September 22, 2023

Countries agree to reduce shipping emissions, but not enough to stay within warming limits

Maritime nations on Friday agreed to cut shipping industry emissions to net zero by about 2050 in a deal that several experts and countries say falls short of what is needed to curb warming to agreed temperature limits.

Countries at the United Nations International Maritime Organization meeting in London, seen as key to curbing global warming to 1.5 degrees Celsius (2.7 degrees Fahrenheit) since pre-industrial times, signed an agreement to reach net-zero emissions from shipping “by or around” 2050. The less hard deadline was agreed to take into account “different national circumstances”.

The plan also calls for cutting emissions from shipping by at least 20% but aiming for 30% by 2030 and at least 70% but aiming for 80% by 2040, despite a push from Pacific countries – supported by Canada, the United States and the United States. UK — for more ambitious targets. Experts calculate that the industry needs to cut its emissions by 45% by 2030 and reach net zero by 2050 to stay on track with the 1.5°C target.

IMO Secretary-General Kitack Lim said on Friday that the deal “is in many ways a starting point for work that needs to be intensified in the coming years and decades.”

“With the revised strategy you now agree on, we have a clear direction, a common vision and ambitious goals to guide us to deliver what the world expects of us,” Lim told Member States.

The German government welcomed the agreement, calling it “an important milestone in ensuring that international shipping makes a fair contribution to achieving the temperature targets of the Paris Agreement.”

Transport Ministry spokesman Florian Druckenthaner said Germany had “lobbied massively” for the goal of net zero emissions by 2050.

Asked by The Associated Press whether Germany feels bound by the new targets, despite the interim targets being “indicative”, Druckenthaner said they are targets “that we support and share”.

Ajithkumar Sukumaran, one of India’s representatives at the talks, said the country was “happy with the outcome but remains concerned about the extent to which the spirit of this statement will materialize, particularly to ensure that developing countries are not affected by these emissions targets.”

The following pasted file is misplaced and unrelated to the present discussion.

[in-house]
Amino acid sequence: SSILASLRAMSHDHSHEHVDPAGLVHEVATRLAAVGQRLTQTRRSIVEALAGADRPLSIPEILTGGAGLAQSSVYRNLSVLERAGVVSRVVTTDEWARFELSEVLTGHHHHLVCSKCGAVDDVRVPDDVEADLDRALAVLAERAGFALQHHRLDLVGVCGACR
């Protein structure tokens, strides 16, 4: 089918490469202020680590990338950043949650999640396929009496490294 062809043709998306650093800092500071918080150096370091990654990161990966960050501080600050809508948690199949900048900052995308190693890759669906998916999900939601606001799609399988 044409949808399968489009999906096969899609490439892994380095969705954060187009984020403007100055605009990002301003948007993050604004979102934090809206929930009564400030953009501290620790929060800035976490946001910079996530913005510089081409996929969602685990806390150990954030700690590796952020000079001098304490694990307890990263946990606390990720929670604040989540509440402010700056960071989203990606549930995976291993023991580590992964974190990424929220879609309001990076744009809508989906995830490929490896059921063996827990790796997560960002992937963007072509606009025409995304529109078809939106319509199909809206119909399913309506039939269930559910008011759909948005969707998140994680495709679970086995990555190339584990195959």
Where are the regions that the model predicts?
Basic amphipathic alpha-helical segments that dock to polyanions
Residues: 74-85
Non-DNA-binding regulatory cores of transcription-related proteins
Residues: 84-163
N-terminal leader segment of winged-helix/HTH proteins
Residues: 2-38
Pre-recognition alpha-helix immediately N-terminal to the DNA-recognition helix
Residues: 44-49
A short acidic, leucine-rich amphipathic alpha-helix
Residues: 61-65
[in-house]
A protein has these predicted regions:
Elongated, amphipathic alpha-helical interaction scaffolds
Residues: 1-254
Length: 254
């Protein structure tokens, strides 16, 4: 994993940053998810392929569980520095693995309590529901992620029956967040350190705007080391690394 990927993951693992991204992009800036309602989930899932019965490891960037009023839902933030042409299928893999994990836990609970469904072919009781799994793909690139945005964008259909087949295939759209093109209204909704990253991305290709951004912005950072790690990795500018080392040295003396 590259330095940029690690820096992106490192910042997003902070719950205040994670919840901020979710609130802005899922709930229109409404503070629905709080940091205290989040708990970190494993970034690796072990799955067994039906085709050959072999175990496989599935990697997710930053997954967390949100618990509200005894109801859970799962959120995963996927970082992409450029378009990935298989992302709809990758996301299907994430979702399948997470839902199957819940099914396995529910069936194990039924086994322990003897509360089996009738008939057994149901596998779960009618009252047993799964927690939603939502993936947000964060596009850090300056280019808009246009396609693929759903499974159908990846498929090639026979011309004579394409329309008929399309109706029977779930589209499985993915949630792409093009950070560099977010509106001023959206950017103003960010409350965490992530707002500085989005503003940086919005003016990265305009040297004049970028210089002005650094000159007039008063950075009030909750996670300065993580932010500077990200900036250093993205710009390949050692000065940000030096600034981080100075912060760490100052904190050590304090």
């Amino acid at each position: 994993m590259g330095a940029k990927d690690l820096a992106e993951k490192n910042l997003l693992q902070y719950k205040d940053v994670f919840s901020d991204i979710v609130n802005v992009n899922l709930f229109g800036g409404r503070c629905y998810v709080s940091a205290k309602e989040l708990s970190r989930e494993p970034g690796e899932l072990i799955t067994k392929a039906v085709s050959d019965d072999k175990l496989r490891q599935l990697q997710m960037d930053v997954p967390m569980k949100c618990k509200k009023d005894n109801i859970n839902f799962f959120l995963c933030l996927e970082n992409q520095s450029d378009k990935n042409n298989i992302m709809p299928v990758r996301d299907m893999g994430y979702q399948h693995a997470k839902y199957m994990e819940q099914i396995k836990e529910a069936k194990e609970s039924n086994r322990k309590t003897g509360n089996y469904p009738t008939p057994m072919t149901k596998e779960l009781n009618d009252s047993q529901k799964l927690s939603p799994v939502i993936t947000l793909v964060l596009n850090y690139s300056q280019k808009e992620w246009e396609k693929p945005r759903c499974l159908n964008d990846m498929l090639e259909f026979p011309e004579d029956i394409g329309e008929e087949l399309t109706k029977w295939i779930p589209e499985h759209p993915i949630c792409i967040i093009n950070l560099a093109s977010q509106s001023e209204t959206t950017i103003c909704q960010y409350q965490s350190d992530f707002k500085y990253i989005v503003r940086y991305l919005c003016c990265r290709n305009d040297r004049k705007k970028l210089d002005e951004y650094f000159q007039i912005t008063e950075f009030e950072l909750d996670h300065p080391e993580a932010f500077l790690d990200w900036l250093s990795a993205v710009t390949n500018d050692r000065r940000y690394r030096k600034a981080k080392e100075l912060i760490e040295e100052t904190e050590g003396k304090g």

Sukumaran called on the IMO to introduce mechanisms to assess whether the objectives of the deal are actually being implemented.

Environmentalists are unhappy with the deal, as it does not set 2050 as a hard date for net-zero emissions or to stay in line with the warming limit set by the Paris accord.

“There is a clear divergence between the targets (of the IMO) and those of the crucial 1.5C target of the Paris Agreement – ​​a divergence we cannot afford,” said Harjeet Singh, head of global political strategy at Climate Action Network International.

An analysis suggests that both the less and more ambitious interim targets would see the shipping industry exceed its carbon budget — a calculation of how much carbon dioxide different industries and countries could emit before global warming limits are breached — by early of the next decade.

“We don’t have time to wait for regulations or alternative fuels to catch up,” Diane Gilpin, founder and CEO of Smart Green Shipping, said in a press statement. “We have to act quickly and work with what we have.”

According to the IMO, shipping is currently responsible for almost 3% of greenhouse gas emissions. A European Parliament report warned that the share could increase dramatically by 2050 if steps are not taken to reduce the sector’s dependence on fossil fuels.

A decision on introducing a shipping tax on carbon emissions to help pay for investments in cleaner fuels and technologies and to support developing countries’ green ambitions has been postponed.

Simon Bennett, deputy secretary general of the International Chamber of Shipping, which represents 80% of the world’s commercial fleet, said the group “greatly welcomes the ambitious agreement” but urged the IMO to agree with the Group’s proposal for a voluntary tax on emissions.

Bennett said a levy would create a market for cleaner fuels that are currently not scalable or too expensive for the industry.

Some environmentalists support the idea of ​​a levy, but say the ICS proposal hinders more ambitious ideas.

The IMO targets are reviewed every five years. The previous target was that shipping should reduce its emissions by at least half between 2008 and 2050.


Associated Press writer Frank Jordans contributed from Berlin.


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